It almost seems astonishing that the Israelites would do this, yet people do this all the time.  Think about when someone breaks from a bad habit: food, tobacco, substances, even relationships.  There is that initial stage where people celebrate their freedom, but this is usually followed by a phase where they begin to flirt with their old vice – romanticizing them.  This usually begins there relapse.  Only the strong and faithful, like Caleb and Joshua, ever seem to show success on the first attempt.  Many of us, like the complaining Israelites, stay in the past not truly appreciating the present.  Freedom comes from heeding the past, and through this, valuing the present.

Vengeance:

Conversely, although we should not allow our past to inspire complaining, we should also not allow it to inspire anger.  Remember the past to motivate joy, not to stir up strife.  As Leviticus 19:18 tells us;

“Don’t take vengeance on or bear a grudge against any of your people; rather, love your neighbor as yourself; I am ADONAI.”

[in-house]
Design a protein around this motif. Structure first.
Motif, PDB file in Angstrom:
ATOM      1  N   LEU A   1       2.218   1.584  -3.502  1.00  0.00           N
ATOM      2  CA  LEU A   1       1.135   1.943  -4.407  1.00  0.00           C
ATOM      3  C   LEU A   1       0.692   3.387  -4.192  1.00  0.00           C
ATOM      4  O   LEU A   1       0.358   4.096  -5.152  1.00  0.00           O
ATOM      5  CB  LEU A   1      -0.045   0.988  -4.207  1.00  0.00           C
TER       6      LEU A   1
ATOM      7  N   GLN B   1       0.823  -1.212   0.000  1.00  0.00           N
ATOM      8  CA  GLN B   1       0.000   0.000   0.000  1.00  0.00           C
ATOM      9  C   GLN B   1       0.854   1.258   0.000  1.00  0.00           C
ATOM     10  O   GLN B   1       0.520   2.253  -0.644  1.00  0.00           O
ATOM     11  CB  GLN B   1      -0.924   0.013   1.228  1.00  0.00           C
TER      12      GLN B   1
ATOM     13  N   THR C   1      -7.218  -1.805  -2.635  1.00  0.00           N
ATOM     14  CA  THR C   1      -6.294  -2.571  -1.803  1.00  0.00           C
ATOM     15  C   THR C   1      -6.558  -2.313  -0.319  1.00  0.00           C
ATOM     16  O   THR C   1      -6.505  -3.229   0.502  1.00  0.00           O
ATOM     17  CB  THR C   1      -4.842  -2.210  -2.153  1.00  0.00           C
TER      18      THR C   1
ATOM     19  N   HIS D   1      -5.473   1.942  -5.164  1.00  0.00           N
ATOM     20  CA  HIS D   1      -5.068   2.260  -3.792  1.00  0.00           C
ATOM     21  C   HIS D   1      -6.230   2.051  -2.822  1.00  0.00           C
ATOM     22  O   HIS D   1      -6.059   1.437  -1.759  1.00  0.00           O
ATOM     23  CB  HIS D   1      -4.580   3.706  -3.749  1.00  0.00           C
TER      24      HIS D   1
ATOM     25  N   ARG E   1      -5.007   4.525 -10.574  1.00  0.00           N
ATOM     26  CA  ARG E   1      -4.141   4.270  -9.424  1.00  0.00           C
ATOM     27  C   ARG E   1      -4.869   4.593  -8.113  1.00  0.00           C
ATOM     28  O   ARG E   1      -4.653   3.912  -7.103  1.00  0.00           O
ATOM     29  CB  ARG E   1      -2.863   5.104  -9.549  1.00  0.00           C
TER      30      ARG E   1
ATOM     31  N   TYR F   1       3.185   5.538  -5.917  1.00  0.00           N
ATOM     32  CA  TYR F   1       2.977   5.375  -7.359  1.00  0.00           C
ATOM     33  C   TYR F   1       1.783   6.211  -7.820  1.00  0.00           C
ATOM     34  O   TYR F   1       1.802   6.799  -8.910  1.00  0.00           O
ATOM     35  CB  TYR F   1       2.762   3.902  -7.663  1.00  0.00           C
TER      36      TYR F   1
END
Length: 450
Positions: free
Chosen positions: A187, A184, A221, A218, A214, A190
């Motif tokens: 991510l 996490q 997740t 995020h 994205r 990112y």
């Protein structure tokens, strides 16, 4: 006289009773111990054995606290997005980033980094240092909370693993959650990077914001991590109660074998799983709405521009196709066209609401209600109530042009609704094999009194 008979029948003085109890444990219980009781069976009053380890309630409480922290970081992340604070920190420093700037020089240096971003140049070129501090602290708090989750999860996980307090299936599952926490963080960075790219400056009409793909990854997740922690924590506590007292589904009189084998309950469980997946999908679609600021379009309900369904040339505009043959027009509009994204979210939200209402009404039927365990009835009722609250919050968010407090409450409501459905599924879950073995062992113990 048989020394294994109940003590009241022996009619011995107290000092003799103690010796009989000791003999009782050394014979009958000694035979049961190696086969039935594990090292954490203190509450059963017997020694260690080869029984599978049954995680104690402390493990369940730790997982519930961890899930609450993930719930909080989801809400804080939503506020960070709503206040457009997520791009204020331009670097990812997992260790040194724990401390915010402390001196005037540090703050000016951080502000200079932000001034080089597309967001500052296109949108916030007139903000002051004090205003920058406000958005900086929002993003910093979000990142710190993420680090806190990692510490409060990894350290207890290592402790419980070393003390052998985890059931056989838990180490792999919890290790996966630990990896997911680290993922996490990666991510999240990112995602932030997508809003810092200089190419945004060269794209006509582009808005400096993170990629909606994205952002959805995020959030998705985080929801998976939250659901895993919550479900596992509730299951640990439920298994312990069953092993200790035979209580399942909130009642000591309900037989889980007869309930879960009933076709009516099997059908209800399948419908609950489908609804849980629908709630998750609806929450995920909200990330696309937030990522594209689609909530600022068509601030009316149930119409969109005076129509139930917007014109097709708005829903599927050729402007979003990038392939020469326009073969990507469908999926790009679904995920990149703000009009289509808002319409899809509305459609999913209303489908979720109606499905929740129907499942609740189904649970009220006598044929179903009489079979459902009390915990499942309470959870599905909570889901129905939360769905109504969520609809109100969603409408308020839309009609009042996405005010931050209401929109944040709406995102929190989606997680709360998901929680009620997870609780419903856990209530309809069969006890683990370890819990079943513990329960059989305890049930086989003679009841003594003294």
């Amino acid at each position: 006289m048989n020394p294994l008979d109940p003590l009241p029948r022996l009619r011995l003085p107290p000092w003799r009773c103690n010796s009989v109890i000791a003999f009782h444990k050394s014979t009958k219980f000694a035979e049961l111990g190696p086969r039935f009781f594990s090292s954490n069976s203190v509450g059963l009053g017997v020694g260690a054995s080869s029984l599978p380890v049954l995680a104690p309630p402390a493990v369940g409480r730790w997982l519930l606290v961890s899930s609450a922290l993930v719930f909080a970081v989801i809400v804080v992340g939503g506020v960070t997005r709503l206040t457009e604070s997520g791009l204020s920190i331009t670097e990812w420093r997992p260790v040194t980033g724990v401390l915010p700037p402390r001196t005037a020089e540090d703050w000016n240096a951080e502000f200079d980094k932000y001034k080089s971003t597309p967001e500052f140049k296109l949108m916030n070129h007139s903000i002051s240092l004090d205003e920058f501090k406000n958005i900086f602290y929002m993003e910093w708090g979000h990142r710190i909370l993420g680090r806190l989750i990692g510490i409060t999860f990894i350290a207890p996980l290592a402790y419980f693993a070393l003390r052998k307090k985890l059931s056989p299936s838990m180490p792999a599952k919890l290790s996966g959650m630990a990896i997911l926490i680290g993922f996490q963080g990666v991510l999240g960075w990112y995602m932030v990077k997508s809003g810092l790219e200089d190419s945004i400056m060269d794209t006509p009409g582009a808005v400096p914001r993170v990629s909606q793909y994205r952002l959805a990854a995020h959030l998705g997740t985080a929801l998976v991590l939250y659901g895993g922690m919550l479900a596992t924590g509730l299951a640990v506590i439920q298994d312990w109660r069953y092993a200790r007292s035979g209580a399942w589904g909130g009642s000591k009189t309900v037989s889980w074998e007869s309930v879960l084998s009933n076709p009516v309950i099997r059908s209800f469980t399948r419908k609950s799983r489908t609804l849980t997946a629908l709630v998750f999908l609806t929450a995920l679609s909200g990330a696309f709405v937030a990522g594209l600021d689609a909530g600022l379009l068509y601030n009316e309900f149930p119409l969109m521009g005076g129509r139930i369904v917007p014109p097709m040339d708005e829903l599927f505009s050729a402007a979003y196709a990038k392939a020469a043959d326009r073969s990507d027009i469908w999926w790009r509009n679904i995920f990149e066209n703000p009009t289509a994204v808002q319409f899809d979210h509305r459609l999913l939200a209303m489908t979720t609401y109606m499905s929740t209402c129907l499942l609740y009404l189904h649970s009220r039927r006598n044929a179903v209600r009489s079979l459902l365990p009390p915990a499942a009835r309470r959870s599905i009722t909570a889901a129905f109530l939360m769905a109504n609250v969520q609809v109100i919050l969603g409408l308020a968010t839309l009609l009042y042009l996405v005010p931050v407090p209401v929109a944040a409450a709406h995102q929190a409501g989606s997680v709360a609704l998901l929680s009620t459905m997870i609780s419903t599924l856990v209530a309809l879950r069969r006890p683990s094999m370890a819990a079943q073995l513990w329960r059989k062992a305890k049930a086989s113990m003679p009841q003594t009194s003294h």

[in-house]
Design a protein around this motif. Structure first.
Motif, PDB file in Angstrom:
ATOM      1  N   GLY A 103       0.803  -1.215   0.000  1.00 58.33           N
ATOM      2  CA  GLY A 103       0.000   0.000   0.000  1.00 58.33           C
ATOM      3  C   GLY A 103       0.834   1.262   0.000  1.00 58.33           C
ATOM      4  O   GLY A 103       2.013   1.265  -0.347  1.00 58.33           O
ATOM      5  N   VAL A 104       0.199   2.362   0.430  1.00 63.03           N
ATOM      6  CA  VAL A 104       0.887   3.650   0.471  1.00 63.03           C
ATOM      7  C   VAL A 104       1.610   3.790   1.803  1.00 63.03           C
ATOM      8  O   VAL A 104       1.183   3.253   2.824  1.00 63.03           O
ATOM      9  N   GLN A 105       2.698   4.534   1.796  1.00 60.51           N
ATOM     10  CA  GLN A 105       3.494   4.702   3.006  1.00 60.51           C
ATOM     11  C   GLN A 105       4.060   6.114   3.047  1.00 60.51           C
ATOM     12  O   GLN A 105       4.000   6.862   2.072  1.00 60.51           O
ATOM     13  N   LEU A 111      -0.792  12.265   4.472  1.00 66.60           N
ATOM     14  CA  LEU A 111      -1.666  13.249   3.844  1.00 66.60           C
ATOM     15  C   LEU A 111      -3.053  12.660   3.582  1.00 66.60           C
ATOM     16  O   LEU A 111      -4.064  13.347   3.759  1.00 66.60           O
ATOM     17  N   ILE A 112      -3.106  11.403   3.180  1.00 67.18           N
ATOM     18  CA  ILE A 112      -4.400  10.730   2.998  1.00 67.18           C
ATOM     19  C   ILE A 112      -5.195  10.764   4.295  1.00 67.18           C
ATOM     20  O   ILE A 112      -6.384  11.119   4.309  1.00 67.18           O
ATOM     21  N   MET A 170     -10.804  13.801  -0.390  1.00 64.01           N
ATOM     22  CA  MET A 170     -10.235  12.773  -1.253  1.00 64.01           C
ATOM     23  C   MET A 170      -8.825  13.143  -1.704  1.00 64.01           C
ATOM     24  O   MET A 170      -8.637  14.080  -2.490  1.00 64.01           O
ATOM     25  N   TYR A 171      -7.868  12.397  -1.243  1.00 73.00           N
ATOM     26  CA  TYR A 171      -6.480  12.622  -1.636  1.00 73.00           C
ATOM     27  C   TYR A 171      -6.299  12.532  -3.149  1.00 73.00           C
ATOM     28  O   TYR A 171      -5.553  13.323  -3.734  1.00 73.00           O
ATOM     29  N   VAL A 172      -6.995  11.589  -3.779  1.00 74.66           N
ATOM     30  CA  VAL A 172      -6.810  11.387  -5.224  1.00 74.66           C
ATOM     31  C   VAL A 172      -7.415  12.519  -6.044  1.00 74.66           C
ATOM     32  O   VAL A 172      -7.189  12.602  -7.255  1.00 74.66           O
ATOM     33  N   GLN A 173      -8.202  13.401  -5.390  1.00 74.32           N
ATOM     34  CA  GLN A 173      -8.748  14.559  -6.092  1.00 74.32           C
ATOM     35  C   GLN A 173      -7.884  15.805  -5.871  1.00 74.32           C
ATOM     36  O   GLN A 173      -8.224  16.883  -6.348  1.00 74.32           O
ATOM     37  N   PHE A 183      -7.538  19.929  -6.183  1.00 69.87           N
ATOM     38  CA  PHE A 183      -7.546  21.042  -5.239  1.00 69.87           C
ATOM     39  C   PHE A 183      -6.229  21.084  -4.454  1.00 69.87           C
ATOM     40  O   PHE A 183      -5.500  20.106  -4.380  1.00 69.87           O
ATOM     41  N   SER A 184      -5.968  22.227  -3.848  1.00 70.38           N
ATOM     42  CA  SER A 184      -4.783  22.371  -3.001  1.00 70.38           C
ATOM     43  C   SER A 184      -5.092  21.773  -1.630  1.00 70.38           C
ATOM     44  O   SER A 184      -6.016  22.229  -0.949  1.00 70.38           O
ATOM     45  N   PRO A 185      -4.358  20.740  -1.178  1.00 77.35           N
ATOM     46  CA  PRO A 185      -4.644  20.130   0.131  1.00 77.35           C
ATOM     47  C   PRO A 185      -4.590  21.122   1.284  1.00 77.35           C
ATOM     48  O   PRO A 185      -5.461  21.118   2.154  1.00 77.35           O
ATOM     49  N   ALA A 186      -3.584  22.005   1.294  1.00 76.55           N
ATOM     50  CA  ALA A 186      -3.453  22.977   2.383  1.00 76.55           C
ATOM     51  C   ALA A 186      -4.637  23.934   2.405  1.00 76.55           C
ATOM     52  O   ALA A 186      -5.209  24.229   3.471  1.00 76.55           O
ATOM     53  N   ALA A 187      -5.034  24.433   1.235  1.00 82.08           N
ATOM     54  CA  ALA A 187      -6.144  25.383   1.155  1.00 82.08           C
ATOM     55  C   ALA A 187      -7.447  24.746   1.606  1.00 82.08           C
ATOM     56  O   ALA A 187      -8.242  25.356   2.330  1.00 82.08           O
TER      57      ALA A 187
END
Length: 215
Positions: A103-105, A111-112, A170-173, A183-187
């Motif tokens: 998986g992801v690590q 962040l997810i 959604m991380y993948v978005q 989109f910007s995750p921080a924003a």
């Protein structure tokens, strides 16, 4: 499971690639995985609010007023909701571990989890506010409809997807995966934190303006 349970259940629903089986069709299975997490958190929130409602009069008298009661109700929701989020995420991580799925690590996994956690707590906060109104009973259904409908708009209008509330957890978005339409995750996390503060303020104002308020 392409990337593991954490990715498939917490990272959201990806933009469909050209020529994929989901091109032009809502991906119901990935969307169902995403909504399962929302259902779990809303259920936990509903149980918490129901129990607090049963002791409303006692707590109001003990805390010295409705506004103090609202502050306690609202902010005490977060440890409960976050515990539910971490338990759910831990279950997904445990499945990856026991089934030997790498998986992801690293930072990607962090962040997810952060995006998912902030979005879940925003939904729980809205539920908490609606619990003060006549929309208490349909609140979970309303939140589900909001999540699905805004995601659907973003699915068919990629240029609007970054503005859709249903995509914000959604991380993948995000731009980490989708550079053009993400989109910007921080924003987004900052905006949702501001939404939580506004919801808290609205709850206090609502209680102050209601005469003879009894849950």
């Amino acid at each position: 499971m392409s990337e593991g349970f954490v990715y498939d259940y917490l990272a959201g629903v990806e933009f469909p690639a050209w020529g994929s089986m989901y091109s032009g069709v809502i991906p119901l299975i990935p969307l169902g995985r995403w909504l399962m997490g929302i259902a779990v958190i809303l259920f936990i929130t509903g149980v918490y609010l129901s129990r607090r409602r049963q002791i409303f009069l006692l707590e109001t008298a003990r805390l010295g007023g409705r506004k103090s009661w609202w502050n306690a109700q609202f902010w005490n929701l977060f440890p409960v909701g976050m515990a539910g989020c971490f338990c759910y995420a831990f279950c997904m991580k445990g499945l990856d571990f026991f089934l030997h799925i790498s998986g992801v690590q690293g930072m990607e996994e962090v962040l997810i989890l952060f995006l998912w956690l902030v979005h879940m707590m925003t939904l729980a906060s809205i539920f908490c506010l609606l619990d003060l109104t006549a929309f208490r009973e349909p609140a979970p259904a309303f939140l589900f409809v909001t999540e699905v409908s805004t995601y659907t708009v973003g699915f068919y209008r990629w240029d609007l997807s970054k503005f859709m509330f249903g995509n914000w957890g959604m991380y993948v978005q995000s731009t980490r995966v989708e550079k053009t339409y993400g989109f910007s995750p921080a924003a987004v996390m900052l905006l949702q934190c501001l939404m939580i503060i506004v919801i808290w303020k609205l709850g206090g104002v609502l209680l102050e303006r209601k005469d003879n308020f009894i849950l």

Israelites were instructed not to live with the idea of vengeance.  Let us also look at Exodus 23:4-5 where it says,

“If you come upon your enemy’s ox or donkey straying, you must return it to him. If you see the donkey which belongs to someone who hates you lying down helpless under its load, you are not to pass him by but to go and help him free it.

donkey

God demands the pious behavior of not carrying a grudge.  Likewise, as Proverbs informs us, we are not called to trust those that have betrayed us (Proverbs 8:12, 14:15, 22:3).

Conclusion:

So, correctly remembering God should cause us to value the present.  If this was placed on a scale it would look like this; not appreciating God enough would be to the far left of the scale and would equal complaining.  Conversely, if we allow our past to inspires negative thoughts like revenge or a grudge, we are to far to the right of our scale.  Thus valuing our past in a right way will bring joy to our present.  This shows an appreciation to God and puts us at a healthy center point to our scale.  Likewise, we should value today enough to defend it against the evils of our past.  As we see written on the wall above the eternal flame in the Hall of Remembrance of the United States Holocaust Memorial Museum;

“Only guard yourself and guard your soul carefully, lest you forget the things your eyes saw and lest these things depart your heart all the days of your life. And you shall make them known to your children and to your children’s children” (Deuteronomy 4:9).